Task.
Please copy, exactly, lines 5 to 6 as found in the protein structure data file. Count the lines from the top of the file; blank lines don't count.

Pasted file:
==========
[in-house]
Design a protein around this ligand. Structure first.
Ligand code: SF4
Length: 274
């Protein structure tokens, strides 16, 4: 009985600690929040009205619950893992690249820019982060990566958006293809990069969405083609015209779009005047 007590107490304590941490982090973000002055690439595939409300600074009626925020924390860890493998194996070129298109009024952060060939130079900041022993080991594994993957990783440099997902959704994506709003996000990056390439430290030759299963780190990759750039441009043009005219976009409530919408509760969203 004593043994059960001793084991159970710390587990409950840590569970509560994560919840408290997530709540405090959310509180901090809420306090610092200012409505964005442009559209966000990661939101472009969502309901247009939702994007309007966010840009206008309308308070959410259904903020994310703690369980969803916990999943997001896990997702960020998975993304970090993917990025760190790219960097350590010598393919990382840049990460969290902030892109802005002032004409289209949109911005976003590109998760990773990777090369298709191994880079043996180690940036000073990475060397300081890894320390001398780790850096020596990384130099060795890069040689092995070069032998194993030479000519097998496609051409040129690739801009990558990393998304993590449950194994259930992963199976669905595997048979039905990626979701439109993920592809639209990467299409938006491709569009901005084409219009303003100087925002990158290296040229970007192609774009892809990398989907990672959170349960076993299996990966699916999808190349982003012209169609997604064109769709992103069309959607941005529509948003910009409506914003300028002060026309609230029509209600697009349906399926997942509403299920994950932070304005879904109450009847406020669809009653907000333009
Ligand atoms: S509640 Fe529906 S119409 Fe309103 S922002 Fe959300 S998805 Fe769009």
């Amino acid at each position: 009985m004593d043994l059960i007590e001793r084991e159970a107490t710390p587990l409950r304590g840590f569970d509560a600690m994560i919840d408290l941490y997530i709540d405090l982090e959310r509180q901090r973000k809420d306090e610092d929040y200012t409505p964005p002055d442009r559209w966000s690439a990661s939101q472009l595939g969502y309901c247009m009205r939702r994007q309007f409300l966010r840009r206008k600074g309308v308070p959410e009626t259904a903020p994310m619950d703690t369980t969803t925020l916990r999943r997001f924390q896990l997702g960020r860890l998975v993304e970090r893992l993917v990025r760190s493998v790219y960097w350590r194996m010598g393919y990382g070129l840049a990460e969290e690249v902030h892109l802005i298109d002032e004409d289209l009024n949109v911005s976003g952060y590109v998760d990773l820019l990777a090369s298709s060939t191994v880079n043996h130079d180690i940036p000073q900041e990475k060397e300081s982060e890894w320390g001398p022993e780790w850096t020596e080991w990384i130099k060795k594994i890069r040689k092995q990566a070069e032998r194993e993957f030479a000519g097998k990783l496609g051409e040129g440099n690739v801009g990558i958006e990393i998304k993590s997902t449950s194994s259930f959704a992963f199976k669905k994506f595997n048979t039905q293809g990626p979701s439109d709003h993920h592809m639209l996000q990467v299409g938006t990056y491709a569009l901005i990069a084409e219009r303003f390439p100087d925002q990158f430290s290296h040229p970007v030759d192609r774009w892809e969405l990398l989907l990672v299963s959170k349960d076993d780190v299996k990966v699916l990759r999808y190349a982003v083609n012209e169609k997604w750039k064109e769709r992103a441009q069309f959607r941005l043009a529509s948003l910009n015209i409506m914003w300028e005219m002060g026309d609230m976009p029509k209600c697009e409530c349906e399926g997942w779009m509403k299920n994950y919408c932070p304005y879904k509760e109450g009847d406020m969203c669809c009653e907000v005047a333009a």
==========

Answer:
């Protein structure tokens, strides 16, 4: 009985600690929040009205619950893992690249820019982060990566958006293809990069969405083609015209779009005047 007590107490304590941490982090973000002055690439595939409300600074009626925020924390860890493998194996070129298109009024952060060939130079900041022993080991594994993957990783440099997902959704994506709003996000990056390439430290030759299963780190990759750039441009043009005219976009409530919408509760969203 004593043994059960001793084991159970710390587990409950840590569970509560994560919840408290997530709540405090959310509180901090809420306090610092200012409505964005442009559209966000990661939101472009969502309901247009939702994007309007966010840009206008309308308070959410259904903020994310703690369980969803916990999943997001896990997702960020998975993304970090993917990025760190790219960097350590010598393919990382840049990460969290902030892109802005002032004409289209949109911005976003590109998760990773990777090369298709191994880079043996180690940036000073990475060397300081890894320390001398780790850096020596990384130099060795890069040689092995070069032998194993030479000519097998496609051409040129690739801009990558990393998304993590449950194994259930992963199976669905595997048979039905990626979701439109993920592809639209990467299409938006491709569009901005084409219009303003100087925002990158290296040229970007192609774009892809990398989907990672959170349960076993299996990966699916999808190349982003012209169609997604064109769709992103069309959607941005529509948003910009409506914003300028002060026309609230029509209600697009349906399926997942509403299920994950932070304005879904109450009847406020669809009653907000333009
Ligand atoms: S509640 Fe529906 S119409 Fe309103 S922002 Fe959300 S998805 Fe769009």